This poem typifies his love for freedom and justice and the deep Republican tradition which was handed down to him. * Róisin Dubh pronounced “Dú”.

The Plough and the Stars 1943

One glorious Thursday, Nineteen Forty Three

On a night that will always be treasured by me

We shook up the critics like a menace from Mars

And produced Sean O’Casey’s ‘The Plough and the Stars.

Brave Kil. starred as Fluther all out on his own

Though we knew his poor heart was heavy as stone

But that’s what has made it a treasure to hold

For he showed us his mettle was purer than gold.

Then Howley as Peter showed up on the scene

With his ostriches’ plumes and his costume of green

His big General’s Sword, his trim little beard

He set the crowd giggling ‘til they laughed and they cheered.

Then Mac as the Covey strolled in spruce and spry

Nettled poor Peter with a gleam in his eye

And started up Fluther with ungodly remarks

As he quoted the teachings of poor Karl Marx.

Then Kathleen as Jennie thought she’d have her say

So she nosed and she battered and gave out the pay

She got the crowd going by her wit and her grace

And she holds in our hearts a very good place.

Then Kitty as Nora came hurriedly in

And soon put a stop to the rush and the din

Tho’ it doesn’t sound well for her husband to say

She stole her due honour as ‘Queen of the Play’.

Then Nodhlag as Bessie co-starred with old K.

She bowed knee to no one, and just had her say

But she has won a place we know she’ll retain

And the crowd will acclaim her again and again.

Then Christy as Clitheroe in pomp did arrive

And changed the whole scene as he kissed his fond wife

With his own red-lipped Nora to help him along

He sang to the crowd that sweet little song.

Then Tom as the captain in smart uniform

Passed a little remark that raised quite a storm

But Tom didn’t mind, he just whistled quite gay

‘Til Christy was ready, then, they both went away.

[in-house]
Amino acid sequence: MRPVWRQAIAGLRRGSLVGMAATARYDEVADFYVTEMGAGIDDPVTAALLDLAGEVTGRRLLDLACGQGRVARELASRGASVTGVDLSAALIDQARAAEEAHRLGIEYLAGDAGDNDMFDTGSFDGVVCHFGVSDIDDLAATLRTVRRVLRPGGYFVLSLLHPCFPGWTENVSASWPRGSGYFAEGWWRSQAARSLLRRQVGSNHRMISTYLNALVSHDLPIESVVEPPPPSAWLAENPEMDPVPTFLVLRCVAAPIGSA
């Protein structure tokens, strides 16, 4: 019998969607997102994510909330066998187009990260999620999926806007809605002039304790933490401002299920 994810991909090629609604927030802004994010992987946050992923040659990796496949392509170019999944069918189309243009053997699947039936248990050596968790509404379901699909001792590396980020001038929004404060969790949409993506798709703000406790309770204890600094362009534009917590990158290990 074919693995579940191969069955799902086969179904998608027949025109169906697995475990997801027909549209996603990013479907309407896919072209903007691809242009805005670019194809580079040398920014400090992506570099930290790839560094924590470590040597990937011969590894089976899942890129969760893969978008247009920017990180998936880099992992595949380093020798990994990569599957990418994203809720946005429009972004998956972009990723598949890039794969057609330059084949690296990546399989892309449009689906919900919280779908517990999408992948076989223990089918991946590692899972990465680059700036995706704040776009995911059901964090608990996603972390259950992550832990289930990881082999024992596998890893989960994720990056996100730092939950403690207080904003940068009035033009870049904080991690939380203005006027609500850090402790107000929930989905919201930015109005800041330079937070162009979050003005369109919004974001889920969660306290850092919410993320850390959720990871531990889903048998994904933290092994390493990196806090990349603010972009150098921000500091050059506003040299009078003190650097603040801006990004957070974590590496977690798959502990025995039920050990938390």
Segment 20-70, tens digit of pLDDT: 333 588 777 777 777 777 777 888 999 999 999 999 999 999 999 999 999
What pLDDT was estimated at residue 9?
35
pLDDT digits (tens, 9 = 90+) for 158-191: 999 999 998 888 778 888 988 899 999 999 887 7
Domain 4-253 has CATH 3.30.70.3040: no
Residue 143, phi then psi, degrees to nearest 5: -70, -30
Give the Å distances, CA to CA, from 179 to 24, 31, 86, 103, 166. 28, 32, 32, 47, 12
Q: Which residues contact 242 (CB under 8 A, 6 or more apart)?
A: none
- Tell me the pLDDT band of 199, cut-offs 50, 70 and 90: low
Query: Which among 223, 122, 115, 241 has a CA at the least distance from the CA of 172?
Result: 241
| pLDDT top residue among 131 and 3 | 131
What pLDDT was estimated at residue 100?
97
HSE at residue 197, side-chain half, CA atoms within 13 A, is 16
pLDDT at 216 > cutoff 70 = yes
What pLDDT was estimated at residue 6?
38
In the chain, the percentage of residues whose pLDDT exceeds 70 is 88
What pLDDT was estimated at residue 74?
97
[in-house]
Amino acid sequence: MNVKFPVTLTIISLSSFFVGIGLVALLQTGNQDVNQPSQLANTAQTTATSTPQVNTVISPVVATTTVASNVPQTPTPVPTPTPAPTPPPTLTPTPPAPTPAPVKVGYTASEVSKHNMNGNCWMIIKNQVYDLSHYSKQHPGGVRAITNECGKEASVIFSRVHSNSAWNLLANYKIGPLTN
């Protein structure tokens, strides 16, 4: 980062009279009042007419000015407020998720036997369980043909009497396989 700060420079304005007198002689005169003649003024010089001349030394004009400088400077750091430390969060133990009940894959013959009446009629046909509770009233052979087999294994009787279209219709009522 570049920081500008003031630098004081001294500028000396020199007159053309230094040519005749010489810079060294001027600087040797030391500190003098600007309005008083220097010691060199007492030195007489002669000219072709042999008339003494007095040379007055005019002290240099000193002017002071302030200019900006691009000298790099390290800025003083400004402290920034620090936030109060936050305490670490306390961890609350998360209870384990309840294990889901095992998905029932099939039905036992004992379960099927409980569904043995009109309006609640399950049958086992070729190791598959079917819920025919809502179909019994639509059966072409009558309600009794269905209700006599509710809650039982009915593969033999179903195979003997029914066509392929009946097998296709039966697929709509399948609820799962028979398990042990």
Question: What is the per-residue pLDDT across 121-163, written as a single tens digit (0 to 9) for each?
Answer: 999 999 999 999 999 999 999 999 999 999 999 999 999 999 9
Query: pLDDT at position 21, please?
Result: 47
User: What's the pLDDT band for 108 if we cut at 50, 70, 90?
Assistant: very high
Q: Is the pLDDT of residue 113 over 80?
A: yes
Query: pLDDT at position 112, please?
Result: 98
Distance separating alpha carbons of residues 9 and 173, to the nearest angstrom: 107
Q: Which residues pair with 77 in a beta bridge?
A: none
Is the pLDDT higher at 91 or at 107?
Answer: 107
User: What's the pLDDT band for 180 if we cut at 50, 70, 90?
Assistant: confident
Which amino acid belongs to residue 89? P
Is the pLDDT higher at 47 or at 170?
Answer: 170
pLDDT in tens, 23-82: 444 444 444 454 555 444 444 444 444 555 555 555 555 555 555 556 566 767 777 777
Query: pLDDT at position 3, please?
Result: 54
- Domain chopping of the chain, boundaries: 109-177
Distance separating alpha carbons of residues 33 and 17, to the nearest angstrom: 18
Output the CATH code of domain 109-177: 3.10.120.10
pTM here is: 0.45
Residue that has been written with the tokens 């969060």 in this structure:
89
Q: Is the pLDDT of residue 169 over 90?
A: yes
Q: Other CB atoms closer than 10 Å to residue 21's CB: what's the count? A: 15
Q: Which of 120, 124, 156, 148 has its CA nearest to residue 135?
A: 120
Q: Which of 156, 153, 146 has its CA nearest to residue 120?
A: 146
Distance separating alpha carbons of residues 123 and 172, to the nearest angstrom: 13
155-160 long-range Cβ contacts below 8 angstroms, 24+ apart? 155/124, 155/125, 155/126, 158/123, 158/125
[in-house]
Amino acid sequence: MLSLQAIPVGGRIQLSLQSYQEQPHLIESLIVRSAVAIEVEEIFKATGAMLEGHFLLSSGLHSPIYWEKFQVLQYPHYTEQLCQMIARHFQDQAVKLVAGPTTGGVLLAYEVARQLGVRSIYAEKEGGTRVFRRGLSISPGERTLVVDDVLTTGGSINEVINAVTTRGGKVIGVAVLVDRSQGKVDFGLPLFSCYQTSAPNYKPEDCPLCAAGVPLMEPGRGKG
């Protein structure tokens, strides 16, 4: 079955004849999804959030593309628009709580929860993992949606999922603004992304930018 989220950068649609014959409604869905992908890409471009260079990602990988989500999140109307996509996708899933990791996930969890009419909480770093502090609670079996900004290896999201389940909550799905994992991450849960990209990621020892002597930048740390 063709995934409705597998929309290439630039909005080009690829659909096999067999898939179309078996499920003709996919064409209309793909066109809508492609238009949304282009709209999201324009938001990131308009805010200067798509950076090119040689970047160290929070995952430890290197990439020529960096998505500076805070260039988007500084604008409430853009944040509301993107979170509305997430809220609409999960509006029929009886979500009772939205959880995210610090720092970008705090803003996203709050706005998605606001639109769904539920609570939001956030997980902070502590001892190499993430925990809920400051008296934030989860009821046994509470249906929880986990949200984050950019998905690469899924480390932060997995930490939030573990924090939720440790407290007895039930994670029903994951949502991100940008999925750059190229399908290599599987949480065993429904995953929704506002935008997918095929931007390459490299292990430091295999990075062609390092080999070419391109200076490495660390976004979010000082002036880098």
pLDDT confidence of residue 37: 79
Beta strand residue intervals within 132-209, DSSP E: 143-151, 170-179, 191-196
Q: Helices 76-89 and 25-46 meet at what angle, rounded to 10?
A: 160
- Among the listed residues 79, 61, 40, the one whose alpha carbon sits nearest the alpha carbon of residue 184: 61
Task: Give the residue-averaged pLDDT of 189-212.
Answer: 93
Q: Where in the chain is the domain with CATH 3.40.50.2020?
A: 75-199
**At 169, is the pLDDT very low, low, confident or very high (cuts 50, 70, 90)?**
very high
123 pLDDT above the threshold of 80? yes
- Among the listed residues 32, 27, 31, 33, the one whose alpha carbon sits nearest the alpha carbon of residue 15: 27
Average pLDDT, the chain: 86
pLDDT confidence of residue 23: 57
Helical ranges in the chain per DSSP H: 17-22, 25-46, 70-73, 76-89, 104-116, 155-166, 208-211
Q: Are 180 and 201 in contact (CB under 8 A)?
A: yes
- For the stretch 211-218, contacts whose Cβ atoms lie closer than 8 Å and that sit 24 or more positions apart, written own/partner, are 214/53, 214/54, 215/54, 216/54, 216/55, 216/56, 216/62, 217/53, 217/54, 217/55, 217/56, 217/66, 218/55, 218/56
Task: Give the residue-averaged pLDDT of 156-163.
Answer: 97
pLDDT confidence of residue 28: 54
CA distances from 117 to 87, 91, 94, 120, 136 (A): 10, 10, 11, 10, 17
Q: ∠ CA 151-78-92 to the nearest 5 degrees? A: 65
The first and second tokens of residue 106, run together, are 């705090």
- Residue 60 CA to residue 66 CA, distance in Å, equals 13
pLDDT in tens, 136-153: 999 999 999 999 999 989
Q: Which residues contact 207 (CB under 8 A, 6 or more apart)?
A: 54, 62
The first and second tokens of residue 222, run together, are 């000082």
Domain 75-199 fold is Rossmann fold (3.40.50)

Then Ethna as Mollser came timidly on

For with all her paint she looked weak and wan

So we listened in glee to her ready-made coughs

And carried her proudly away in a box.

Then Detta as Rosie was cream of the show

Tho’ Michael proclaimed her ‘a wee bit too slow’

I claim a stardom in doing her part

As she nettled the Covey and won Fluthers heart.


The bartender Jack in his job did excel

As he ordered them all to clear off to hell

Tho’ we all paid our drinks, we never got change

But that was a scheme only Jack could arrange.

Then Jimmy as Langan, just starred in his part

And gasped as the life blood flowed out of his heart

Then showed up again in the Brave Sergeant’s role

But after the show he was put on the dole.

Then a voice chanted in just like a recordin’

Shure everyone knew ‘twas that ould sport Jordan

As he quoted his lines with passion a’mingling

We listened in pride as we felt our blood tingling.

And good old Mike Fahy both on stage and off

Was an excellent Cockney, a real English toff

The make-up was perfect, we all did agree

That for once we looked handsome, Oh Yeah! sez me.

Then on came “The Lady”, that’s Molly we know

She looked, oh, so frightened with no where to go

Oh, isn’t it awful she plaintively crows

The boys couldn’t help her, so, off she goes.

The “Big Shot” producer just can’t be left out

Tho’ down at rehearsal we dreaded his shout

But after the show so proud and elated

He was glad with us all to be associated.

And Peggy and Rhoda as prompters did well

Though I think on the lines their minds did not dwell

Their thoughts were a wandering down to the hall

Just thinking of someone quite handsome and small

The technical staff did their bit as we know

And helped to make perfect a really good show

So we all can be happy, for doing our best,

In “The Plough and the Stars” in that town in the West.

This epic is a tribute to the ‘Athenry Players’ whose 1943 production of the “Plough and the Stars” was much acclaimed. Many of that cast have passed to their eternal reward but the Dramatic Society still lives on in the capable hands of Kitty Lardner who was active even then. C. P Barrett

The Minstrel

I heard a thrush at eve, as shadows fall

Breaking the calmly stillness with jubilant songs

I listened entranced to those exultant notes

And thought of God who is boundless goodness.

Even on humble birds we bestowed so rich a gift

No piper’s lute e’er trilled those luscious notes,

Nor violin throbbed,

Nought stirred save swaying branches

Whilst I a blest audience feasted.

The melody o’er peace» reigns once more

My joyous heart goes forth in prayer above,

I know not why, I meekly said

‘God Bless Thee, O Minstrel’

C.P. Barrett

(In this poem we see his love of nature and peace and observe that he took the time to “stand and stare” and see God’s handiwork in the peaceful countryside!)

– –

About this record

Written by Christy Barrett

Published here 11 Jan 2023 and originally published December 1996

– –